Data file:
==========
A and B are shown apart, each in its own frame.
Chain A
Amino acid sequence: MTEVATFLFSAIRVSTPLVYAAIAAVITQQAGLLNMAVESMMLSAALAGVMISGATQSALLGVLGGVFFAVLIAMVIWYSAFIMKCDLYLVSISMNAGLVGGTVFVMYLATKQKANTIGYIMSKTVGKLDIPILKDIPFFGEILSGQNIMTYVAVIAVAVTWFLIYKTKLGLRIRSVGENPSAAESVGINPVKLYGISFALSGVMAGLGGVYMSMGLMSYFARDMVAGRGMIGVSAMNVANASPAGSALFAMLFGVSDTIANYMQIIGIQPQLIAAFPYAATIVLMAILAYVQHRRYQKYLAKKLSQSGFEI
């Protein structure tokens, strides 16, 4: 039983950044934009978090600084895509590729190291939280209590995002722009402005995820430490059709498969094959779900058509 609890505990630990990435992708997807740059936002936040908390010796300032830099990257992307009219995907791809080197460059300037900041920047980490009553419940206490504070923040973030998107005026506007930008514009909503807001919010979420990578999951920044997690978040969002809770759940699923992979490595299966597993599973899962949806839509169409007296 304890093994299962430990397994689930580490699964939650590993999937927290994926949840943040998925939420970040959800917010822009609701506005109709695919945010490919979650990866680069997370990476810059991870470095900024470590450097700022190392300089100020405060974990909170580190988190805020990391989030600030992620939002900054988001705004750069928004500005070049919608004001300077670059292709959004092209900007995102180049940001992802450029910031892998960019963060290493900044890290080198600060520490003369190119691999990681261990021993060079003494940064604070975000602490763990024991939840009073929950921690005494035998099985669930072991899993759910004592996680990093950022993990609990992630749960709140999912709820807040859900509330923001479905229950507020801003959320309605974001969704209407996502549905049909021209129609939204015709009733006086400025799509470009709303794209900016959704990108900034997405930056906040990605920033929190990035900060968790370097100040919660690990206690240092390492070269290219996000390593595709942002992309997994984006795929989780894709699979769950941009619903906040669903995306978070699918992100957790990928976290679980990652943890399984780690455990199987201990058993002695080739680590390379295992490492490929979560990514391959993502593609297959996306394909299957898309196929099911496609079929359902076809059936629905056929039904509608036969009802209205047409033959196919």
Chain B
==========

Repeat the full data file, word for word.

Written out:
A and B are shown apart, each in its own frame.
Chain A
Amino acid sequence: MTEVATFLFSAIRVSTPLVYAAIAAVITQQAGLLNMAVESMMLSAALAGVMISGATQSALLGVLGGVFFAVLIAMVIWYSAFIMKCDLYLVSISMNAGLVGGTVFVMYLATKQKANTIGYIMSKTVGKLDIPILKDIPFFGEILSGQNIMTYVAVIAVAVTWFLIYKTKLGLRIRSVGENPSAAESVGINPVKLYGISFALSGVMAGLGGVYMSMGLMSYFARDMVAGRGMIGVSAMNVANASPAGSALFAMLFGVSDTIANYMQIIGIQPQLIAAFPYAATIVLMAILAYVQHRRYQKYLAKKLSQSGFEI
């Protein structure tokens, strides 16, 4: 039983950044934009978090600084895509590729190291939280209590995002722009402005995820430490059709498969094959779900058509 609890505990630990990435992708997807740059936002936040908390010796300032830099990257992307009219995907791809080197460059300037900041920047980490009553419940206490504070923040973030998107005026506007930008514009909503807001919010979420990578999951920044997690978040969002809770759940699923992979490595299966597993599973899962949806839509169409007296 304890093994299962430990397994689930580490699964939650590993999937927290994926949840943040998925939420970040959800917010822009609701506005109709695919945010490919979650990866680069997370990476810059991870470095900024470590450097700022190392300089100020405060974990909170580190988190805020990391989030600030992620939002900054988001705004750069928004500005070049919608004001300077670059292709959004092209900007995102180049940001992802450029910031892998960019963060290493900044890290080198600060520490003369190119691999990681261990021993060079003494940064604070975000602490763990024991939840009073929950921690005494035998099985669930072991899993759910004592996680990093950022993990609990992630749960709140999912709820807040859900509330923001479905229950507020801003959320309605974001969704209407996502549905049909021209129609939204015709009733006086400025799509470009709303794209900016959704990108900034997405930056906040990605920033929190990035900060968790370097100040919660690990206690240092390492070269290219996000390593595709942002992309997994984006795929989780894709699979769950941009619903906040669903995306978070699918992100957790990928976290679980990652943890399984780690455990199987201990058993002695080739680590390379295992490492490929979560990514391959993502593609297959996306394909299957898309196929099911496609079929359902076809059936629905056929039904509608036969009802209205047409033959196919």
Chain B